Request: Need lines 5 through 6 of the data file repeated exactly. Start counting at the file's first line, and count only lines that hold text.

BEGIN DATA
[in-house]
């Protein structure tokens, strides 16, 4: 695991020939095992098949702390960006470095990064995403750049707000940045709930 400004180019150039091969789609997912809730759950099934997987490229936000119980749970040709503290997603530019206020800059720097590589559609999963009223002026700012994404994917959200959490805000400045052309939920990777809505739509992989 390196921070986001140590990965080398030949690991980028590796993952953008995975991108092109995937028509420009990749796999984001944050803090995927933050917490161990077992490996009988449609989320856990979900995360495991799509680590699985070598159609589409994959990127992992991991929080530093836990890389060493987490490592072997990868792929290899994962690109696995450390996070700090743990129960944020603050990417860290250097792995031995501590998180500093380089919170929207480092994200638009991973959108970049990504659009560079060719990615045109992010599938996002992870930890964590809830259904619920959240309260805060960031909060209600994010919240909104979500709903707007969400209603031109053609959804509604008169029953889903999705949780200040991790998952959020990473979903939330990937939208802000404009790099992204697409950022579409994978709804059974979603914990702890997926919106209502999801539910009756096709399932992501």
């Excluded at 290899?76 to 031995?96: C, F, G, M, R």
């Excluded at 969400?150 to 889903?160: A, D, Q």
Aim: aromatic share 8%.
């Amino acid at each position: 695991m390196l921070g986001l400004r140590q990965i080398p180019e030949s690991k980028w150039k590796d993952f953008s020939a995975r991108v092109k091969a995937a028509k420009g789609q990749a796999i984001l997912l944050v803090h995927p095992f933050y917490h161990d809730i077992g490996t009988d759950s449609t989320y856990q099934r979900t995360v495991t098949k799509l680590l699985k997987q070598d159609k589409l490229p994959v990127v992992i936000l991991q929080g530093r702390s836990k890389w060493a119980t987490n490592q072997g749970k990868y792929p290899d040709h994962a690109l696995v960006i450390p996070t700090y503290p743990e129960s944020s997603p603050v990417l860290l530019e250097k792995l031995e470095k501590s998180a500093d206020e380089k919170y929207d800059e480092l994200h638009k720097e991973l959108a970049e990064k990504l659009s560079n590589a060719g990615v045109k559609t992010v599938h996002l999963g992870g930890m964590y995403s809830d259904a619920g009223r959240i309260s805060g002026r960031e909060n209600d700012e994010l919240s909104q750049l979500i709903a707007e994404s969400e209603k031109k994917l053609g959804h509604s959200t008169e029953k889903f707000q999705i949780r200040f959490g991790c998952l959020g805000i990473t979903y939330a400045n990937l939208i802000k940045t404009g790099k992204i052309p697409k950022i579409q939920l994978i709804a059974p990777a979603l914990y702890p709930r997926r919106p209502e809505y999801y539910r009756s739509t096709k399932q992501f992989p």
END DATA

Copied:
Aim: aromatic share 8%.
């Amino acid at each position: 695991m390196l921070g986001l400004r140590q990965i080398p180019e030949s690991k980028w150039k590796d993952f953008s020939a995975r991108v092109k091969a995937a028509k420009g789609q990749a796999i984001l997912l944050v803090h995927p095992f933050y917490h161990d809730i077992g490996t009988d759950s449609t989320y856990q099934r979900t995360v495991t098949k799509l680590l699985k997987q070598d159609k589409l490229p994959v990127v992992i936000l991991q929080g530093r702390s836990k890389w060493a119980t987490n490592q072997g749970k990868y792929p290899d040709h994962a690109l696995v960006i450390p996070t700090y503290p743990e129960s944020s997603p603050v990417l860290l530019e250097k792995l031995e470095k501590s998180a500093d206020e380089k919170y929207d800059e480092l994200h638009k720097e991973l959108a970049e990064k990504l659009s560079n590589a060719g990615v045109k559609t992010v599938h996002l999963g992870g930890m964590y995403s809830d259904a619920g009223r959240i309260s805060g002026r960031e909060n209600d700012e994010l919240s909104q750049l979500i709903a707007e994404s969400e209603k031109k994917l053609g959804h509604s959200t008169e029953k889903f707000q999705i949780r200040f959490g991790c998952l959020g805000i990473t979903y939330a400045n990937l939208i802000k940045t404009g790099k992204i052309p697409k950022i579409q939920l994978i709804a059974p990777a979603l914990y702890p709930r997926r919106p209502e809505y999801y539910r009756s739509t096709k399932q992501f992989p």